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ICC Note: The Islamic State group is forcing its way through northeastern Syria displacing thousands of Christians. Last Thursday, June 25, ISIS entered neighborhoods outside the city of Hassakeh, leading to a mass exodus of at least 120,000 people. The picture closely resembles that of Mosul, Iraq in June 2014. Violent clashes have continued between Kurdish and Government forces and ISIS militants since the invasion last week.

 

06-30-2015 Syria (Ankawa): Nearly 4,000 Christian families have fled the northeastern Syrian city of Hassakeh with the advance of forces of the Islamic State group, Fides reported.

 

ISIS managed last Thursday, June 25, to enter some neighborhoods, causing the mass exodus of at least 120,000 people, the news service said. “Nearly 4,000 Christian families belonging to various Churches (Chaldeans, Assyrians, Syrian Catholics and Syrian Orthodox) were among the first to flee, and have largely taken refuge in the nearby urban area of Qamishli,” it said.

 

The situation is reminiscent of Mosul in June 2014, when Christian residents fled ISIS’s takeover of Iraq’s second-largest city. Many fled a second time when ISIS moved into the towns and villages in the Nineveh Plain region where they took refuge.

 

Fides reported:

 

Archbishop Jacques Behnan Hindo, head of the Syrian Catholic Archieparchy in Hassakeh Nisibi, has abandoned Hassakè along with his faithful and has also found shelter in Qamishli. He reports the many factors involved in the Syrian conflict: “The government army – refers Archbishop Hindo to Agenzia Fides – is currently gaining ground, with much difficulty, as fighting takes place in an urban environment. On the other hand, the Kurdish militias in the region have responded to the raids of Daesh only when the jihadists tried to attack the Kurdish districts, concentrated in the eastern part of the city. Until that moment the government had not provided support to the army.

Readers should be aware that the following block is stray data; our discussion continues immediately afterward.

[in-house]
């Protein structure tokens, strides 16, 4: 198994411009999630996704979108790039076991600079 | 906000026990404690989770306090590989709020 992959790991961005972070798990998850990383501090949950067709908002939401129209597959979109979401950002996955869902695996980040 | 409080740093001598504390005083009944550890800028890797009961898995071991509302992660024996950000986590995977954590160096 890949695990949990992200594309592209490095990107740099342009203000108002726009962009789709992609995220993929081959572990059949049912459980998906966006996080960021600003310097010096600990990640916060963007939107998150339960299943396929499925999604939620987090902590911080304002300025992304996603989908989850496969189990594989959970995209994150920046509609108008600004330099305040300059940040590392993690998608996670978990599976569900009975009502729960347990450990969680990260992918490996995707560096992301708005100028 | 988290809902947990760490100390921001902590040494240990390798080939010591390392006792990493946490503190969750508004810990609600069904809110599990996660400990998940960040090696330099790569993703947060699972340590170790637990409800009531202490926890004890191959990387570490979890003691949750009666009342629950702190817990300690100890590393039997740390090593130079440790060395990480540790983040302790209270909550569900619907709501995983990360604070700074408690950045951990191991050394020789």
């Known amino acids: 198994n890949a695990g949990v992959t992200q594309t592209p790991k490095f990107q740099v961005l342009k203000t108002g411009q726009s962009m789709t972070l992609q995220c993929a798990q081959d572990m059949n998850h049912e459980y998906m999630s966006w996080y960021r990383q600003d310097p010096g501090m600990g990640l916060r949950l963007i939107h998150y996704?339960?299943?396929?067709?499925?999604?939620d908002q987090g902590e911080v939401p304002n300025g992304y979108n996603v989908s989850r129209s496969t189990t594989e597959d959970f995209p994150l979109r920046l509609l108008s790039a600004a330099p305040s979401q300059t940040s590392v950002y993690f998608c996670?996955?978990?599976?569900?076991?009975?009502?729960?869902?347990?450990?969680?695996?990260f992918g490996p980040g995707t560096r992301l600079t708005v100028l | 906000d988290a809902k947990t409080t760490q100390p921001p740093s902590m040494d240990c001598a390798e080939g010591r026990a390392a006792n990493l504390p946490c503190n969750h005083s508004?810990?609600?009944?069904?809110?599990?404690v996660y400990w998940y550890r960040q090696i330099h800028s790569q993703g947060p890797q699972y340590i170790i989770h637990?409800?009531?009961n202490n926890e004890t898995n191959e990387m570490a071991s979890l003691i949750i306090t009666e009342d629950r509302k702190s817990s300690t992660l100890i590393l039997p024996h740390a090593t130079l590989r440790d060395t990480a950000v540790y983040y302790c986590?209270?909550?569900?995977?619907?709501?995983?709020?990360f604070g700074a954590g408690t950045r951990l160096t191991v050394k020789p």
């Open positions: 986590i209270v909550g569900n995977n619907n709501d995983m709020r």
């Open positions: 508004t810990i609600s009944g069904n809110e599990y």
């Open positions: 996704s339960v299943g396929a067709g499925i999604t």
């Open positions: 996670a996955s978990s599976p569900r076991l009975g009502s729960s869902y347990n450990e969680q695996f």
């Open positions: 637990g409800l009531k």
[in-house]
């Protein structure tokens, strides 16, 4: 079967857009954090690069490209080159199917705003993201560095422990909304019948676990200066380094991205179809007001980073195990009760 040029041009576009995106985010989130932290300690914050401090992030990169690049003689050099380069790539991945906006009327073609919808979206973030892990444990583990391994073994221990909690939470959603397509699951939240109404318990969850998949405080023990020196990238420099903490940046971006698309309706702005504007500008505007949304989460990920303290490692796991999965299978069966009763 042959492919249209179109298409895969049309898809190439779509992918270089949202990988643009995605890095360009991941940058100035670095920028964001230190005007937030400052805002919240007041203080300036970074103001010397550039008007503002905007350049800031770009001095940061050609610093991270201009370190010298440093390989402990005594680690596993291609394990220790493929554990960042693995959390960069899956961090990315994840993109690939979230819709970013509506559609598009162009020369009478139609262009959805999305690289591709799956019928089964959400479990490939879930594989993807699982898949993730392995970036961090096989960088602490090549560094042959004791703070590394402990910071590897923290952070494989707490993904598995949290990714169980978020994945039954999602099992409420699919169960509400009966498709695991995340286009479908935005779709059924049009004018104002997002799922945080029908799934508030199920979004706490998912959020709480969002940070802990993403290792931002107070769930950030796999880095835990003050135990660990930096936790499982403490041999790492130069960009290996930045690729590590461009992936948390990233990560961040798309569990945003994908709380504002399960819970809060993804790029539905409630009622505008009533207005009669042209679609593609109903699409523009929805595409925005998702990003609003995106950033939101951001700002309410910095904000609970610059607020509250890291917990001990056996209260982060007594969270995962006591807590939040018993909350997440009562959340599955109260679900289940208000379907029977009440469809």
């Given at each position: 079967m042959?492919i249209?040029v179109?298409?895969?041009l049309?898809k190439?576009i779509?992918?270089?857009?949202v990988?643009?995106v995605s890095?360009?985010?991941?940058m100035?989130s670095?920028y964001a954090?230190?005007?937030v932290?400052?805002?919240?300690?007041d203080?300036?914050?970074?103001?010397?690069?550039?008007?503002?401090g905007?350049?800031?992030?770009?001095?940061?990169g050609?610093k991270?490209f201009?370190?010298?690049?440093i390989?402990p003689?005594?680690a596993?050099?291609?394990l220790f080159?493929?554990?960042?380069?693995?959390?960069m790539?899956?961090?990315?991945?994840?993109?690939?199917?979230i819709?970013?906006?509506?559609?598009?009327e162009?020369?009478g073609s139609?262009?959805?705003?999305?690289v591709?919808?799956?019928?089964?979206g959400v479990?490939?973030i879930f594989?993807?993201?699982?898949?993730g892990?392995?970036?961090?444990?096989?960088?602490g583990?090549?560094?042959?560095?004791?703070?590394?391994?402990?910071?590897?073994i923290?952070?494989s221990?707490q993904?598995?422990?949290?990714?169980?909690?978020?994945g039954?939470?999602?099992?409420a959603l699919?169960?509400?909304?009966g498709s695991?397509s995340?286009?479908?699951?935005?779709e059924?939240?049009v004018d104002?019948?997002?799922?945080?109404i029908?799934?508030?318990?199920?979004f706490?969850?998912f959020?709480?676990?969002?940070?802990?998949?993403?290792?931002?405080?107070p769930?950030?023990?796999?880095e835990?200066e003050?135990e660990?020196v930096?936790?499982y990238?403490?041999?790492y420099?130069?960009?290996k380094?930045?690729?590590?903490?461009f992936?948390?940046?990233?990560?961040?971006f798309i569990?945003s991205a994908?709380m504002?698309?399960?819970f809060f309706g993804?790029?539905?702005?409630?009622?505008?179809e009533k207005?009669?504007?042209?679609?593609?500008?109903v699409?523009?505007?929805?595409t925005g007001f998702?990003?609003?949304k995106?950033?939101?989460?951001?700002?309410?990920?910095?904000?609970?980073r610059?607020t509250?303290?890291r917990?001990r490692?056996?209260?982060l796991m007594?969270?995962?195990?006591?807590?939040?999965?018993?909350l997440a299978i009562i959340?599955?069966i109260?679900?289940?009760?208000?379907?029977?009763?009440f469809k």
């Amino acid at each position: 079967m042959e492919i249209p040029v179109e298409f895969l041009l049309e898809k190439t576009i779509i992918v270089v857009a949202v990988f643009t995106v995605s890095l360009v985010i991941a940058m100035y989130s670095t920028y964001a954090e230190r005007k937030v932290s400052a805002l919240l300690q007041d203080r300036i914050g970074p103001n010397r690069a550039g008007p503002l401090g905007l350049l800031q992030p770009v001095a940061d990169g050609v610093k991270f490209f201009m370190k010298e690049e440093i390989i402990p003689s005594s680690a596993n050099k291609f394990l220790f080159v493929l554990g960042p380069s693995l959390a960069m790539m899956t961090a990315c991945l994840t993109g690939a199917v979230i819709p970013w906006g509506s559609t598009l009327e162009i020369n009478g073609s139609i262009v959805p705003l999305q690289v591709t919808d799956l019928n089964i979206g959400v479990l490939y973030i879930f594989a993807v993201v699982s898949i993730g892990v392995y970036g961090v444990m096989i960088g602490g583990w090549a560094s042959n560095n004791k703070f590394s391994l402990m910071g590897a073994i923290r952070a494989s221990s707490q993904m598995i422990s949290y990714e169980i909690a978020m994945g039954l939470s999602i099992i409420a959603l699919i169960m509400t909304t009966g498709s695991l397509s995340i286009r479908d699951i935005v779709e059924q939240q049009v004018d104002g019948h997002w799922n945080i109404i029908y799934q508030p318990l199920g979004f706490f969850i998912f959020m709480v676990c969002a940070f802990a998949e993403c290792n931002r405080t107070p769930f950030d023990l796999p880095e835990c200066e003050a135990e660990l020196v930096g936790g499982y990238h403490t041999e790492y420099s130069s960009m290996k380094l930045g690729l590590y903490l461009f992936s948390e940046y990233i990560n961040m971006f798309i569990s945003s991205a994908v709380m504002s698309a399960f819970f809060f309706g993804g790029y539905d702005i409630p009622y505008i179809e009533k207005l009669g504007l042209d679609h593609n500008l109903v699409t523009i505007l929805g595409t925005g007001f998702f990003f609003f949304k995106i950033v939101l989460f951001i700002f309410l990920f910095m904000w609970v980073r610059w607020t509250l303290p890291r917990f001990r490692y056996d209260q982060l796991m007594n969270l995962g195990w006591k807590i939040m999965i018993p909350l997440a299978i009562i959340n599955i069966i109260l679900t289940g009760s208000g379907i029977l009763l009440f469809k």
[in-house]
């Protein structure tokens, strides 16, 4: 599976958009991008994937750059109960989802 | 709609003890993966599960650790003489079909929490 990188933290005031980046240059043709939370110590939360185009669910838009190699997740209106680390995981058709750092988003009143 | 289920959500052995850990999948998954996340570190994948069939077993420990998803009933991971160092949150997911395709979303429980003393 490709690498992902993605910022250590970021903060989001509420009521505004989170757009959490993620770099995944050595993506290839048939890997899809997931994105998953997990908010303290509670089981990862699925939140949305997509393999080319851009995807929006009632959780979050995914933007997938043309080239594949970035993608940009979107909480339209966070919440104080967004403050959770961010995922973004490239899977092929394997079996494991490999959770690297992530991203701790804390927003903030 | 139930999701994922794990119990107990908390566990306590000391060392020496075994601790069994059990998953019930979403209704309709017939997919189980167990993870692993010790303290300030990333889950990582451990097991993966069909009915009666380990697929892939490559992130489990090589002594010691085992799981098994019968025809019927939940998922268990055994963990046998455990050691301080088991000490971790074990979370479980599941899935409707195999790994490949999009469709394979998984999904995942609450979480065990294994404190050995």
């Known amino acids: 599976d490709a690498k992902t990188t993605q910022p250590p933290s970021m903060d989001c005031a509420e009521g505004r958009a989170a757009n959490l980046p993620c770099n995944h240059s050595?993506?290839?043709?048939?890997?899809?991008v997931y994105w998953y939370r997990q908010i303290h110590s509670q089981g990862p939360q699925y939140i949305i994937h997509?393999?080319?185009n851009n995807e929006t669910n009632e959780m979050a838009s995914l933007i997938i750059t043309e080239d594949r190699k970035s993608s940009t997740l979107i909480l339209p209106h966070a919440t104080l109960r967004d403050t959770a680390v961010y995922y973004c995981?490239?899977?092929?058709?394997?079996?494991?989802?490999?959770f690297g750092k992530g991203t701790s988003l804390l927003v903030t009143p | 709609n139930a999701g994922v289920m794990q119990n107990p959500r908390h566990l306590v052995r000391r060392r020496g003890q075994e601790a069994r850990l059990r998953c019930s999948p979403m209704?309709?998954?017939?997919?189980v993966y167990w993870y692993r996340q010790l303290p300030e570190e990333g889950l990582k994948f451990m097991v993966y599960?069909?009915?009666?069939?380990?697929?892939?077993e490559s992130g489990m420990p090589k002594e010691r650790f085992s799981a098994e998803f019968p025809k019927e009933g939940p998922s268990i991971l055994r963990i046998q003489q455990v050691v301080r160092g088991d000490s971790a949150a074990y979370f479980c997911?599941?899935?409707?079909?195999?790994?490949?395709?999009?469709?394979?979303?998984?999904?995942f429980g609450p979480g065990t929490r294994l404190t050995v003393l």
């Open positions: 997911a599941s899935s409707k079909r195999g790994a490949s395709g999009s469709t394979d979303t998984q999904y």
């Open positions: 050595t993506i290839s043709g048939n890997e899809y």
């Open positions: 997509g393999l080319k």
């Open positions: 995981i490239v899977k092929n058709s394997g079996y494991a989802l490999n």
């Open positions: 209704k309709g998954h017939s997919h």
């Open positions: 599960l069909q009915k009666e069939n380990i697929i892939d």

The archbishop also said that part of the local population is sympathetic to ISIS. When the militants arrived in the southeastern district of al-Nachwa, women and children were asked to leave the city, he said. “But young boys and adults remained, and have sided with [ISIS]. And now that very large neighborhood is at the center of the most violent clashes between government forces and those of the so-called Islamic State.”

 

 

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